With several coronavirus vaccines now in circulation, travelers want to know how to prove they’ve had a COVID-19 shot.
Traditionally, travelers have flashed a Yellow Card, or Carte Jaune, a medical passport issued by the World Health Organization. It’s an official record that some countries require for entrance. The Carte Jaune can document vaccination against diseases ranging from cholera and yellow fever to such childhood illnesses as rubella.
Will there soon be a similar card for COVID-19? And, if so, will it allow you to travel any sooner?
The short answer to both questions is: maybe.
What’s a vaccine passport and how does it document your COVID-19 shot?
Several organizations are working on a vaccine passport. Australian airline Qantas has already announced that it will start requiring coronavirus shots for all passengers on its international flights.
But, as with most things during this seemingly unending pandemic, the long answer is complicated. No widely accepted digital immunity passport exists yet. Travelers remain divided on whether to get vaccinated for the coronavirus. And there’s no agreement on whether proof of having received the coronavirus vaccine should be required to travel.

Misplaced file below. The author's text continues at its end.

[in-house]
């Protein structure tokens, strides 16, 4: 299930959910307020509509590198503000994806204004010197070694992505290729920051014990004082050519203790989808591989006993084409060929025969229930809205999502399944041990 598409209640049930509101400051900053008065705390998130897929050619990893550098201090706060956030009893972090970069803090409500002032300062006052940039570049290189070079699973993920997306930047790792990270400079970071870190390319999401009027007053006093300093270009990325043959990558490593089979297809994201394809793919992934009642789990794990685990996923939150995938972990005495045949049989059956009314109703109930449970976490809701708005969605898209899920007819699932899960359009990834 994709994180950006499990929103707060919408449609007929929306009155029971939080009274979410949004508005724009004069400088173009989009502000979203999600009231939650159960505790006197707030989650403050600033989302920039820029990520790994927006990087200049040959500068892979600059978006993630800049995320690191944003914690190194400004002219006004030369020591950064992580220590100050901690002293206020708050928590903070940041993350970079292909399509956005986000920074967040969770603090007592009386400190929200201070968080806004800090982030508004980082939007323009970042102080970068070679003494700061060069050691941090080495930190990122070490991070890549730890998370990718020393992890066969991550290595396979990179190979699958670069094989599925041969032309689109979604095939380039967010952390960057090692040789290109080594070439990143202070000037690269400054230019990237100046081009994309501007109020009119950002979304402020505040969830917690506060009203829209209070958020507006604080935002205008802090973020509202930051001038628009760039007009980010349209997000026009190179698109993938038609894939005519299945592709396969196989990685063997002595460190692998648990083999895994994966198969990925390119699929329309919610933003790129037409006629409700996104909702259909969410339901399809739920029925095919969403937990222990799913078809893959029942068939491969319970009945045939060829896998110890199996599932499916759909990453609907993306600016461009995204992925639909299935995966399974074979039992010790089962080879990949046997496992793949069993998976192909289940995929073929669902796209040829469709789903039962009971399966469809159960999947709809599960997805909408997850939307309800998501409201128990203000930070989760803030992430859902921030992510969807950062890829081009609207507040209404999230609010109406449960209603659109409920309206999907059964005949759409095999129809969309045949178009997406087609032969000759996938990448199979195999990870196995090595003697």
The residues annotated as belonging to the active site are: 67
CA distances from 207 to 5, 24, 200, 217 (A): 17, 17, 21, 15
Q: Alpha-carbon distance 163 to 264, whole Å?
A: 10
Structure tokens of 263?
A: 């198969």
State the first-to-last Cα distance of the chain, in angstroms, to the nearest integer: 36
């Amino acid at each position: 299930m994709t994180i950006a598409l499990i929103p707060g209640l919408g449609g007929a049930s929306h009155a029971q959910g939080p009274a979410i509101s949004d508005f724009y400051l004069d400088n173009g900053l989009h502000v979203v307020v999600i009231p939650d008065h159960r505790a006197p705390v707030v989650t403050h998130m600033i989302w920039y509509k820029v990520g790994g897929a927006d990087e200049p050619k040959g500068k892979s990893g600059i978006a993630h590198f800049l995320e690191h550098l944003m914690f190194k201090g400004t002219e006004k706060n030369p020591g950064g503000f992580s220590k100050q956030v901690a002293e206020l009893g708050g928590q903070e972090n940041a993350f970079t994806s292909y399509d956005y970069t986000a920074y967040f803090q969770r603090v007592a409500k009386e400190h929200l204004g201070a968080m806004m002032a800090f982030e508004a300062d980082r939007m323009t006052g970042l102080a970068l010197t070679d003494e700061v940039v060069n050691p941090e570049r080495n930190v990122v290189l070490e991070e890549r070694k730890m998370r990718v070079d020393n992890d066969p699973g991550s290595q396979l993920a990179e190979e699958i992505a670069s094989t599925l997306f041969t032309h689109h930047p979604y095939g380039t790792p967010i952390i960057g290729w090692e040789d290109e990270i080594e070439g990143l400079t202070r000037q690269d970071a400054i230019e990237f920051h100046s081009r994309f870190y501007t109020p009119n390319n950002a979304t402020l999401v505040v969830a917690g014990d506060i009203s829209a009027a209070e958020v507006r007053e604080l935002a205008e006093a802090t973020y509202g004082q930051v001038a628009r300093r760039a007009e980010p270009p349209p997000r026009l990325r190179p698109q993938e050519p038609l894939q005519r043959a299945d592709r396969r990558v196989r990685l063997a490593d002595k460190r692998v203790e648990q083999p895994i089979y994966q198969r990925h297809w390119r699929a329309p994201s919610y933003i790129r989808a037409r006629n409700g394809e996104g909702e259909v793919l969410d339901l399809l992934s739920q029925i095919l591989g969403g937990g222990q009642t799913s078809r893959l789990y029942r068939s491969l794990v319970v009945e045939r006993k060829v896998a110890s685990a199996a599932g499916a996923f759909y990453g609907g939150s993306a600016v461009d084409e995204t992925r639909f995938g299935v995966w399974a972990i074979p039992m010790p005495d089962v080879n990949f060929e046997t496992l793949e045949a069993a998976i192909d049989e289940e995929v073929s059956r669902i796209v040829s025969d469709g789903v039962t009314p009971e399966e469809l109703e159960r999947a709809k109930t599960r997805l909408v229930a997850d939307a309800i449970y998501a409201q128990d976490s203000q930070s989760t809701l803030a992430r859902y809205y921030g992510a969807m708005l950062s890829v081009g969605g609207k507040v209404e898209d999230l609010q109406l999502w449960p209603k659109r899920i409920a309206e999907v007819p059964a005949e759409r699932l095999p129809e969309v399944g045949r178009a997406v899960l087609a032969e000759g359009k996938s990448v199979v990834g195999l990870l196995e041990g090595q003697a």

At the moment, there’s no Yellow Card equivalent for COVID-19. And since the vaccines are so new, it would be impractical. In the United States, vaccine recipients receive a small white card called a COVID-19 vaccination record card that documents inoculation.
“Given this void in the market, there are a number of vaccine passport programs,” says Bruce McIndoe, a senior adviser at WorldAware, a risk-management company.
How to prove you’ve had a COVID-19 vaccine
The International Air Transport Association (IATA) is promoting a vaccine passport called the IATA Travel Pass. The system would inform them which tests, vaccines and other measures they require before traveling. It would offer the ability to share test results and vaccinations in a verifiable, safe and privacy-protecting way. But for now, Travel Pass is still under development.
The World Economic Forum and the Commons Project Foundation, a Swiss nonprofit group, are testing a digital immunity passport called CommonPass. It’s a system that would enable travelers to access lab results and vaccination records. CommonPass also lets you share that information without revealing other personal health information. It would be accessible from your phone.
Late in 2020, IDEMIA, an online identity-management company, unveiled a broader technology solution called Augmented Borders that would allow you to scan the chip in your passport and use your mobile phone as a proxy passport. Such a system could also contain your immunization records, but adoption may be months away.
Maybe the Yellow Card is enough
The best Yellow Card may be the Yellow Card, also called the International Certificate of Vaccination or Prophylaxis. It might be the leading candidate for an international coronavirus vaccine passport. If you are vaccinated for any travel illness, like yellow fever, the provider will send you a Carte Jaune. When you get a coronavirus vaccine, just ask your health-care provider to note your vaccination on your Yellow Card.